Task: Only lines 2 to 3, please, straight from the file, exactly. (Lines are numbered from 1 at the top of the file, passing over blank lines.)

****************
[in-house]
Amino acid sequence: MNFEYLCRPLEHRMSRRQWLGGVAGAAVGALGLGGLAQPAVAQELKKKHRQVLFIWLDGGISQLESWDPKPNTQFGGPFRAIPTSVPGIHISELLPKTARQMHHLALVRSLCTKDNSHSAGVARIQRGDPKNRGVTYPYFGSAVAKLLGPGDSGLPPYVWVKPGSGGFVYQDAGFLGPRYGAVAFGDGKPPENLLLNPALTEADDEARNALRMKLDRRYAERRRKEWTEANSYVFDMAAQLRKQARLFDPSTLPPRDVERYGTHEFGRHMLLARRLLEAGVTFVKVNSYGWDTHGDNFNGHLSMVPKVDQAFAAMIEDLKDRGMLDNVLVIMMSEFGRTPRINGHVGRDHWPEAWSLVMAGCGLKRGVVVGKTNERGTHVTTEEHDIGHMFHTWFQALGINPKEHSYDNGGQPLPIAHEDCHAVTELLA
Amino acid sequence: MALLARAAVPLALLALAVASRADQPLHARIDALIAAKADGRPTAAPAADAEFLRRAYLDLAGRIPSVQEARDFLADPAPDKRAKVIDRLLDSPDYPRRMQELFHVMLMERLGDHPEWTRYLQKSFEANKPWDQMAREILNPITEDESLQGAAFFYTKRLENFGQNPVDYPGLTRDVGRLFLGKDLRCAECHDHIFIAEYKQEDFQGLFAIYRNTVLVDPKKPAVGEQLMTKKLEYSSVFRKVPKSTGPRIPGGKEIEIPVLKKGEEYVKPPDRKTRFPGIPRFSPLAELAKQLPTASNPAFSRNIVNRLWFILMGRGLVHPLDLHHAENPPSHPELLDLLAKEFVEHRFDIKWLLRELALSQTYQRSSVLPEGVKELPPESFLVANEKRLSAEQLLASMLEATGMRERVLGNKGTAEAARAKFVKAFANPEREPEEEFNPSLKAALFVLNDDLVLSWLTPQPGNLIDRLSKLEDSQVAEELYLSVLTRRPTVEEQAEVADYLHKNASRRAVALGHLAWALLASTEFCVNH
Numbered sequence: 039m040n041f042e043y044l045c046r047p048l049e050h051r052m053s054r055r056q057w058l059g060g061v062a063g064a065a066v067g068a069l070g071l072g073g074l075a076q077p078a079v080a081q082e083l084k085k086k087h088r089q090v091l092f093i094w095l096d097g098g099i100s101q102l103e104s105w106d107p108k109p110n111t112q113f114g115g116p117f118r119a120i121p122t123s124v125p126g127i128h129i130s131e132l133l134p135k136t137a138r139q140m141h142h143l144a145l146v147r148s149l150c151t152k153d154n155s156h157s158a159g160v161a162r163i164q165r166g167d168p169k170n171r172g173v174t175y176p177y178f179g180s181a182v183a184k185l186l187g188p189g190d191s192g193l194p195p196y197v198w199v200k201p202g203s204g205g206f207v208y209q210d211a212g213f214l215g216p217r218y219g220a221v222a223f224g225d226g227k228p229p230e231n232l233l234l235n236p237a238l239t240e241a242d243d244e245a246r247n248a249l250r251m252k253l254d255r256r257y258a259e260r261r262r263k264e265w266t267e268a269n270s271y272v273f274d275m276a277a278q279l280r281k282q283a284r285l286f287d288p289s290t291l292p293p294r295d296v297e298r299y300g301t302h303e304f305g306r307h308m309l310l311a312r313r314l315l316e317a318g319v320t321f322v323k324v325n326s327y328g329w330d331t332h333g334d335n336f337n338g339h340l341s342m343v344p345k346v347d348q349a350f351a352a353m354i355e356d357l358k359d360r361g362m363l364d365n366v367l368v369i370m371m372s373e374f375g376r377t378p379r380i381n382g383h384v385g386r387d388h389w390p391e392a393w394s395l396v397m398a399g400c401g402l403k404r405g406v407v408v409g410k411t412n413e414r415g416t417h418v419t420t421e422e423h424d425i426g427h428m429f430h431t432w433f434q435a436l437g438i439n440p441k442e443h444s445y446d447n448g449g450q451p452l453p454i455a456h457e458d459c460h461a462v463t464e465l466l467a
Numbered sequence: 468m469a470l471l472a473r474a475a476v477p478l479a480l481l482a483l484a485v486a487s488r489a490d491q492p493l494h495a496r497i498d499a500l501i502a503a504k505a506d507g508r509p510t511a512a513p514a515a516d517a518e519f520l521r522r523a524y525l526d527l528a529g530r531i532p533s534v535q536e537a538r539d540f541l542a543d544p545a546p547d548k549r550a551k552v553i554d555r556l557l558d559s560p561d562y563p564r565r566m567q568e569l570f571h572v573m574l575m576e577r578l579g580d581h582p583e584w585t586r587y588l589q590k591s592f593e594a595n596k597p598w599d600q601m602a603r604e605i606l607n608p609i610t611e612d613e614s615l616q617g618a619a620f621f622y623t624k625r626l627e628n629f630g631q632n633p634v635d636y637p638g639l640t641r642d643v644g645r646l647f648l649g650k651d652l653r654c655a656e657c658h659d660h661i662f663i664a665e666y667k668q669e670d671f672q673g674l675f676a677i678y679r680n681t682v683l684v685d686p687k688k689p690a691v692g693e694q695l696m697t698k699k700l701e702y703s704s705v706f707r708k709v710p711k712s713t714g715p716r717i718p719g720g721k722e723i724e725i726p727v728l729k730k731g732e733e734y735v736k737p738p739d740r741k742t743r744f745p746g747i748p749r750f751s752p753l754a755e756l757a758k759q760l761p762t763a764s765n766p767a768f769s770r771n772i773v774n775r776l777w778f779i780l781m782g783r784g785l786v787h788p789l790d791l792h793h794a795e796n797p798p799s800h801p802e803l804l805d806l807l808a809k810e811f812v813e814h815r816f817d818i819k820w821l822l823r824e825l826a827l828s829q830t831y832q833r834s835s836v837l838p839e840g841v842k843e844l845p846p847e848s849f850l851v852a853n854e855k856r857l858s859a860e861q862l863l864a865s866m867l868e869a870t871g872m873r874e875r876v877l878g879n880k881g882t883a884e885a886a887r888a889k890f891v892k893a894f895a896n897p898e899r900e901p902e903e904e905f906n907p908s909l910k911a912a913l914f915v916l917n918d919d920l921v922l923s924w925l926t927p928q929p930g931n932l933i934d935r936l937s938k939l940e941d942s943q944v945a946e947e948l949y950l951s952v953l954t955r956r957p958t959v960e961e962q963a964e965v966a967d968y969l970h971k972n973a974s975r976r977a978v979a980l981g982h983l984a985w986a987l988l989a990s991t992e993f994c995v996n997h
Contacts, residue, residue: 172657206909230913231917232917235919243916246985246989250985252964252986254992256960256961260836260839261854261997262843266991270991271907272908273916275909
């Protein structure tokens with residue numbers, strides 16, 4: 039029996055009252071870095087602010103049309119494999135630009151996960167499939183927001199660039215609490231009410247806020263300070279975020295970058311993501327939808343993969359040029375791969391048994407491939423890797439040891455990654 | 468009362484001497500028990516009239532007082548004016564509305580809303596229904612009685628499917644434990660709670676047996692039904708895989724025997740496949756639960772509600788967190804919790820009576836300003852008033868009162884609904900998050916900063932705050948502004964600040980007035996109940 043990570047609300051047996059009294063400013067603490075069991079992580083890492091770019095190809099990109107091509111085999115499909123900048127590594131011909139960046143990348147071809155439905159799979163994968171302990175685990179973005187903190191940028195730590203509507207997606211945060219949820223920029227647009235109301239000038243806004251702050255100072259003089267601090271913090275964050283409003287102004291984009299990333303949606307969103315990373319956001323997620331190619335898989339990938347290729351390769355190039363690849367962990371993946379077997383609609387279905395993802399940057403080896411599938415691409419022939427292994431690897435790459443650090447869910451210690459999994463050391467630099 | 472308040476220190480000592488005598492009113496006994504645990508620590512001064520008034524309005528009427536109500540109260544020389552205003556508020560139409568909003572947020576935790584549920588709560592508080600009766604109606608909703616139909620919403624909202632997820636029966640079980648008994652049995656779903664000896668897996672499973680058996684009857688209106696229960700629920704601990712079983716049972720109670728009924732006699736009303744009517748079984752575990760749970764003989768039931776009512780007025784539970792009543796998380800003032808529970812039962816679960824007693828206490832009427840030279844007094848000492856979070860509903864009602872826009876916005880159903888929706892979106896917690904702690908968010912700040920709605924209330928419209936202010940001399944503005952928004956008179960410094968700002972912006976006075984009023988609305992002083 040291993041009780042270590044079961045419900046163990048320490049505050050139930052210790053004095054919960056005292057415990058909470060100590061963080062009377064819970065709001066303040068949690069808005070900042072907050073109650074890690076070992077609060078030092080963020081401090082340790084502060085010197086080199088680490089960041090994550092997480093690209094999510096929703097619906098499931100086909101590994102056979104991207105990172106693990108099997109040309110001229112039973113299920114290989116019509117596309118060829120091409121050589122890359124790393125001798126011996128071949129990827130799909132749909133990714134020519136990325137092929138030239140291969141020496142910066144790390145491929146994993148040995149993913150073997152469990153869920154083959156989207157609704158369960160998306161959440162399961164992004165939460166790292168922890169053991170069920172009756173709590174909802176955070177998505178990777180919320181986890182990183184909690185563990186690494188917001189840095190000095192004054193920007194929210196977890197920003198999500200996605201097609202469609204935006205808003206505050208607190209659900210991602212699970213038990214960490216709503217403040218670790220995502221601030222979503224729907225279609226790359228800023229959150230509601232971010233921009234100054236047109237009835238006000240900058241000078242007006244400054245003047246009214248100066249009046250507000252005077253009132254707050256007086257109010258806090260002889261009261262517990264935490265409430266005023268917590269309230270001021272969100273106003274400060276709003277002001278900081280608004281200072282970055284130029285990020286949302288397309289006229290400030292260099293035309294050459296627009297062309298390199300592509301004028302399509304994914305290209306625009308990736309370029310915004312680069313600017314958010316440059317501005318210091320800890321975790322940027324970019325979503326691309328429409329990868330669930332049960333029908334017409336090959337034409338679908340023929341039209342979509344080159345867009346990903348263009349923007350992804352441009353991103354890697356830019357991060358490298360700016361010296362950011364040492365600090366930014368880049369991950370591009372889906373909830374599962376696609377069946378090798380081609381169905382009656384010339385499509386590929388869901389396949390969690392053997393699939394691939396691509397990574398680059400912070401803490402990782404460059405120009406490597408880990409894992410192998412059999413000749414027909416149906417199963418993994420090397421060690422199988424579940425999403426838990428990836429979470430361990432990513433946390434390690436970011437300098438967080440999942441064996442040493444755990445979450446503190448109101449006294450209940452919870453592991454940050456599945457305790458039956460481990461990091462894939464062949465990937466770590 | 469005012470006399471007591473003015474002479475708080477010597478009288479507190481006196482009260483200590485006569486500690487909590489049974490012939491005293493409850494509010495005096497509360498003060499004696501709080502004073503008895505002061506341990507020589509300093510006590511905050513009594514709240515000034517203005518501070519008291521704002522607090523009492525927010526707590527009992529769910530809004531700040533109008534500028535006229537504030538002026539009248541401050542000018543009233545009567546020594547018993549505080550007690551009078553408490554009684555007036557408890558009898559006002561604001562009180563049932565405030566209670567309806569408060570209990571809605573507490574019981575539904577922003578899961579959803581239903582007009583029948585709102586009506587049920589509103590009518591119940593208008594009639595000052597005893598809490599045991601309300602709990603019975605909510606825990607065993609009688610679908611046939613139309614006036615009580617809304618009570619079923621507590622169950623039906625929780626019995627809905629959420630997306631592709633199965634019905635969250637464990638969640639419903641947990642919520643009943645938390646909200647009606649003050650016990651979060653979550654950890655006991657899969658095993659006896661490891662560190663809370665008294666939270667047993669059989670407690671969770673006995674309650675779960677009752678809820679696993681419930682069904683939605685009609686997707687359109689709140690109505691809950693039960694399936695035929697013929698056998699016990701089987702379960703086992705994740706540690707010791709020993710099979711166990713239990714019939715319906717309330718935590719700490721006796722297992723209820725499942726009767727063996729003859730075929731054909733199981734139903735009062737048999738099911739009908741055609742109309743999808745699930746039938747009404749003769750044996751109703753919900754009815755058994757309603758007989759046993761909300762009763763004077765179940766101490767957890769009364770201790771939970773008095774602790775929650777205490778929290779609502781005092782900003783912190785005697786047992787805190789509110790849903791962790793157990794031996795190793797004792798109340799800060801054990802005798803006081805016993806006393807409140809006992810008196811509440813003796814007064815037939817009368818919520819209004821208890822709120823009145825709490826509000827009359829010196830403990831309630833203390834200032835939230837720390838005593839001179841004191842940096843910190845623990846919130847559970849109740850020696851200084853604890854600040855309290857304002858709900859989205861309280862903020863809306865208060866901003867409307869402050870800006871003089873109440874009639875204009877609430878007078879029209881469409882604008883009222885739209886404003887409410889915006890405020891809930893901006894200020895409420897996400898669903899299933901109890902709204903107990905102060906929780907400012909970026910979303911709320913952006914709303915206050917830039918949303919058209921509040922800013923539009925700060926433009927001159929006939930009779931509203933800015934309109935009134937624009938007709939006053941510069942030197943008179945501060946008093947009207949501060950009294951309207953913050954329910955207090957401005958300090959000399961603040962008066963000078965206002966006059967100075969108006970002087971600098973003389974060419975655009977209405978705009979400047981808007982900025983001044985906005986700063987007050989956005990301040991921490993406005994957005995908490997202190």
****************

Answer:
Amino acid sequence: MNFEYLCRPLEHRMSRRQWLGGVAGAAVGALGLGGLAQPAVAQELKKKHRQVLFIWLDGGISQLESWDPKPNTQFGGPFRAIPTSVPGIHISELLPKTARQMHHLALVRSLCTKDNSHSAGVARIQRGDPKNRGVTYPYFGSAVAKLLGPGDSGLPPYVWVKPGSGGFVYQDAGFLGPRYGAVAFGDGKPPENLLLNPALTEADDEARNALRMKLDRRYAERRRKEWTEANSYVFDMAAQLRKQARLFDPSTLPPRDVERYGTHEFGRHMLLARRLLEAGVTFVKVNSYGWDTHGDNFNGHLSMVPKVDQAFAAMIEDLKDRGMLDNVLVIMMSEFGRTPRINGHVGRDHWPEAWSLVMAGCGLKRGVVVGKTNERGTHVTTEEHDIGHMFHTWFQALGINPKEHSYDNGGQPLPIAHEDCHAVTELLA
Amino acid sequence: MALLARAAVPLALLALAVASRADQPLHARIDALIAAKADGRPTAAPAADAEFLRRAYLDLAGRIPSVQEARDFLADPAPDKRAKVIDRLLDSPDYPRRMQELFHVMLMERLGDHPEWTRYLQKSFEANKPWDQMAREILNPITEDESLQGAAFFYTKRLENFGQNPVDYPGLTRDVGRLFLGKDLRCAECHDHIFIAEYKQEDFQGLFAIYRNTVLVDPKKPAVGEQLMTKKLEYSSVFRKVPKSTGPRIPGGKEIEIPVLKKGEEYVKPPDRKTRFPGIPRFSPLAELAKQLPTASNPAFSRNIVNRLWFILMGRGLVHPLDLHHAENPPSHPELLDLLAKEFVEHRFDIKWLLRELALSQTYQRSSVLPEGVKELPPESFLVANEKRLSAEQLLASMLEATGMRERVLGNKGTAEAARAKFVKAFANPEREPEEEFNPSLKAALFVLNDDLVLSWLTPQPGNLIDRLSKLEDSQVAEELYLSVLTRRPTVEEQAEVADYLHKNASRRAVALGHLAWALLASTEFCVNH